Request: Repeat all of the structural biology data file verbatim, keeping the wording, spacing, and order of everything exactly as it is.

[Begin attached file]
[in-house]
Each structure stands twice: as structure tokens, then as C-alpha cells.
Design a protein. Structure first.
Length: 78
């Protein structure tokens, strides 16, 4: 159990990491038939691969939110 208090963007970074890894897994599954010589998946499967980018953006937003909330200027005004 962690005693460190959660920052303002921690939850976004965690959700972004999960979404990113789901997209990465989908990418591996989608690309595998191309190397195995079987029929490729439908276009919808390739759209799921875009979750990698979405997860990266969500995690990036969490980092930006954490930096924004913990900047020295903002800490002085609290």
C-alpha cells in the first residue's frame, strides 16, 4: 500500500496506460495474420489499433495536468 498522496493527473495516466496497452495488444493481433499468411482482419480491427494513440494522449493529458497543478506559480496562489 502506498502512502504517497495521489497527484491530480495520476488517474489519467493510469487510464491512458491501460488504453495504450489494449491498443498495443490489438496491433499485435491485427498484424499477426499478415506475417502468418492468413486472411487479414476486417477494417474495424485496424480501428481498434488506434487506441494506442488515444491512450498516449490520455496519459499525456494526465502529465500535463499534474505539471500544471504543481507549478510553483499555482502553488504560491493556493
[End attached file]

[in-house]
Each structure stands twice: as structure tokens, then as C-alpha cells.
Design a protein. Structure first.
Length: 78
């Protein structure tokens, strides 16, 4: 159990990491038939691969939110 208090963007970074890894897994599954010589998946499967980018953006937003909330200027005004 962690005693460190959660920052303002921690939850976004965690959700972004999960979404990113789901997209990465989908990418591996989608690309595998191309190397195995079987029929490729439908276009919808390739759209799921875009979750990698979405997860990266969500995690990036969490980092930006954490930096924004913990900047020295903002800490002085609290």
C-alpha cells in the first residue's frame, strides 16, 4: 500500500496506460495474420489499433495536468 498522496493527473495516466496497452495488444493481433499468411482482419480491427494513440494522449493529458497543478506559480496562489 502506498502512502504517497495521489497527484491530480495520476488517474489519467493510469487510464491512458491501460488504453495504450489494449491498443498495443490489438496491433499485435491485427498484424499477426499478415506475417502468418492468413486472411487479414476486417477494417474495424485496424480501428481498434488506434487506441494506442488515444491512450498516449490520455496519459499525456494526465502529465500535463499534474505539471500544471504543481507549478510553483499555482502553488504560491493556493